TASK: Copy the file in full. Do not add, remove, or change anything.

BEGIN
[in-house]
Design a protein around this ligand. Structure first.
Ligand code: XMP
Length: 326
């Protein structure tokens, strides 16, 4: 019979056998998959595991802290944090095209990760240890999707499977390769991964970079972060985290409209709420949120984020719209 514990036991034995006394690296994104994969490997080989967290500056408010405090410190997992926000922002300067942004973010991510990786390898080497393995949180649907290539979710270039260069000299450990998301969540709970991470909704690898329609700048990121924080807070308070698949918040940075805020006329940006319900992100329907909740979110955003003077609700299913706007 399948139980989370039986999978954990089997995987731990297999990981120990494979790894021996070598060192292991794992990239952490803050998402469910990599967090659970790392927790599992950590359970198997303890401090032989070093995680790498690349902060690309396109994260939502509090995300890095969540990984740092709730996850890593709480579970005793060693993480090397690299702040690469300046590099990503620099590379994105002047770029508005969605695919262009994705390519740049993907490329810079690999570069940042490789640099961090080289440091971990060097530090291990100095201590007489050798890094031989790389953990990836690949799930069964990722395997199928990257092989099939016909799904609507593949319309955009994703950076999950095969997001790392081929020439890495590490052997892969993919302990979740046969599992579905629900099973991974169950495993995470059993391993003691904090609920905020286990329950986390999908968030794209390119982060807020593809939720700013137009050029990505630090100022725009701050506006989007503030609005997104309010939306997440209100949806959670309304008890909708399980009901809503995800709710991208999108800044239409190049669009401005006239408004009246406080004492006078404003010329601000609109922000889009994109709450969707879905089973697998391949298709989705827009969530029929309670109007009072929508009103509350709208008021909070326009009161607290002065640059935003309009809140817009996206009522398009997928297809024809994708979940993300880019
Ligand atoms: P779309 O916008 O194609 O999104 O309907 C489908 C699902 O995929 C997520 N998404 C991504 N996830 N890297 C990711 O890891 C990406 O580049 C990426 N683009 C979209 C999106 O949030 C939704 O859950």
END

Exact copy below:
[in-house]
Design a protein around this ligand. Structure first.
Ligand code: XMP
Length: 326
């Protein structure tokens, strides 16, 4: 019979056998998959595991802290944090095209990760240890999707499977390769991964970079972060985290409209709420949120984020719209 514990036991034995006394690296994104994969490997080989967290500056408010405090410190997992926000922002300067942004973010991510990786390898080497393995949180649907290539979710270039260069000299450990998301969540709970991470909704690898329609700048990121924080807070308070698949918040940075805020006329940006319900992100329907909740979110955003003077609700299913706007 399948139980989370039986999978954990089997995987731990297999990981120990494979790894021996070598060192292991794992990239952490803050998402469910990599967090659970790392927790599992950590359970198997303890401090032989070093995680790498690349902060690309396109994260939502509090995300890095969540990984740092709730996850890593709480579970005793060693993480090397690299702040690469300046590099990503620099590379994105002047770029508005969605695919262009994705390519740049993907490329810079690999570069940042490789640099961090080289440091971990060097530090291990100095201590007489050798890094031989790389953990990836690949799930069964990722395997199928990257092989099939016909799904609507593949319309955009994703950076999950095969997001790392081929020439890495590490052997892969993919302990979740046969599992579905629900099973991974169950495993995470059993391993003691904090609920905020286990329950986390999908968030794209390119982060807020593809939720700013137009050029990505630090100022725009701050506006989007503030609005997104309010939306997440209100949806959670309304008890909708399980009901809503995800709710991208999108800044239409190049669009401005006239408004009246406080004492006078404003010329601000609109922000889009994109709450969707879905089973697998391949298709989705827009969530029929309670109007009072929508009103509350709208008021909070326009009161607290002065640059935003309009809140817009996206009522398009997928297809024809994708979940993300880019
Ligand atoms: P779309 O916008 O194609 O999104 O309907 C489908 C699902 O995929 C997520 N998404 C991504 N996830 N890297 C990711 O890891 C990406 O580049 C990426 N683009 C979209 C999106 O949030 C939704 O859950």